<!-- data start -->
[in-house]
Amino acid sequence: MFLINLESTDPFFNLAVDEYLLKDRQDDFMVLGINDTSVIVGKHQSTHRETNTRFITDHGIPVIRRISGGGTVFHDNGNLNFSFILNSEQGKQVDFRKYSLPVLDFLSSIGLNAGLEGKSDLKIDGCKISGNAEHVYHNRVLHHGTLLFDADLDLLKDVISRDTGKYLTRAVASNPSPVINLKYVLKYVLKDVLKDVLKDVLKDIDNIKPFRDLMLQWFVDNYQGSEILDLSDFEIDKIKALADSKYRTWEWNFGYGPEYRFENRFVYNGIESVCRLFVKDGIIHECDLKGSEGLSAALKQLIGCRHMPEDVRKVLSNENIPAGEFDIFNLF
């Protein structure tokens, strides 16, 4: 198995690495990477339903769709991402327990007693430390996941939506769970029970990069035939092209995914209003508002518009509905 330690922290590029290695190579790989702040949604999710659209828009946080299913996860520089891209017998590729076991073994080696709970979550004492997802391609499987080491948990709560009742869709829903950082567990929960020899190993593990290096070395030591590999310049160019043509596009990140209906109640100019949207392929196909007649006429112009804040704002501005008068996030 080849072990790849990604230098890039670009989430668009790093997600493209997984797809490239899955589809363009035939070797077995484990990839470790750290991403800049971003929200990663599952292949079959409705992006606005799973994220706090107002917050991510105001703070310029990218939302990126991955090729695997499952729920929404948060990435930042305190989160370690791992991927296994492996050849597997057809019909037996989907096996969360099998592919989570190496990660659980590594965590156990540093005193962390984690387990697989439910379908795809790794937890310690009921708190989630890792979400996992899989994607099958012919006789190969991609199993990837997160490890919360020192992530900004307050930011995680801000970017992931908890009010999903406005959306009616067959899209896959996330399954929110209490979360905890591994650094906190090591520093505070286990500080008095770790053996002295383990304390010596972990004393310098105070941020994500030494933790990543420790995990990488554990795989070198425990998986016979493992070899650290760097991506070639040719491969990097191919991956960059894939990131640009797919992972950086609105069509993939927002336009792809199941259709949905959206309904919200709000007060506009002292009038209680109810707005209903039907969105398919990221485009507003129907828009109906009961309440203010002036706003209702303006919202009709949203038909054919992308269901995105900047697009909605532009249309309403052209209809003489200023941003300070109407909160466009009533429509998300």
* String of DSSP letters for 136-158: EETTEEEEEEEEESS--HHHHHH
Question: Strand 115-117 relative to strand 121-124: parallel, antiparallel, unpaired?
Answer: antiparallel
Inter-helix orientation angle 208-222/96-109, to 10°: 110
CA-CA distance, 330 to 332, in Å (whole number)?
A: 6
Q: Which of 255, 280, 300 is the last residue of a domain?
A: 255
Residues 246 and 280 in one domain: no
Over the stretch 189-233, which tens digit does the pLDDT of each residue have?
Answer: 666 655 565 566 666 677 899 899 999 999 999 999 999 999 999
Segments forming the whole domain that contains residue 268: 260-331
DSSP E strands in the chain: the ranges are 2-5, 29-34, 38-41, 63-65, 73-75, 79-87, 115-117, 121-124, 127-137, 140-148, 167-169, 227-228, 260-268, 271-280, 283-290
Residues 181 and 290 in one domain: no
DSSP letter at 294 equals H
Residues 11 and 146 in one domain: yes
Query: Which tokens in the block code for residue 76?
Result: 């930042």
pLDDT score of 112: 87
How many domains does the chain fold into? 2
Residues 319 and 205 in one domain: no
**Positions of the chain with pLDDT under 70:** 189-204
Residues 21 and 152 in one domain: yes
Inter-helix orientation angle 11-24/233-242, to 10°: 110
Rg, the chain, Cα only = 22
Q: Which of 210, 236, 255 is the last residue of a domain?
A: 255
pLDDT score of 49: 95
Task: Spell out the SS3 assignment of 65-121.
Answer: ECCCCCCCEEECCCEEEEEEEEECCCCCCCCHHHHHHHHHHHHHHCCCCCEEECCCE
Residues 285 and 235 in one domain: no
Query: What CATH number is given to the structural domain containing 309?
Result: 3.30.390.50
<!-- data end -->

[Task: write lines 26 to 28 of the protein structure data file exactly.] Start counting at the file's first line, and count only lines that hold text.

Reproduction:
Residues 21 and 152 in one domain: yes
Inter-helix orientation angle 11-24/233-242, to 10°: 110
Rg, the chain, Cα only = 22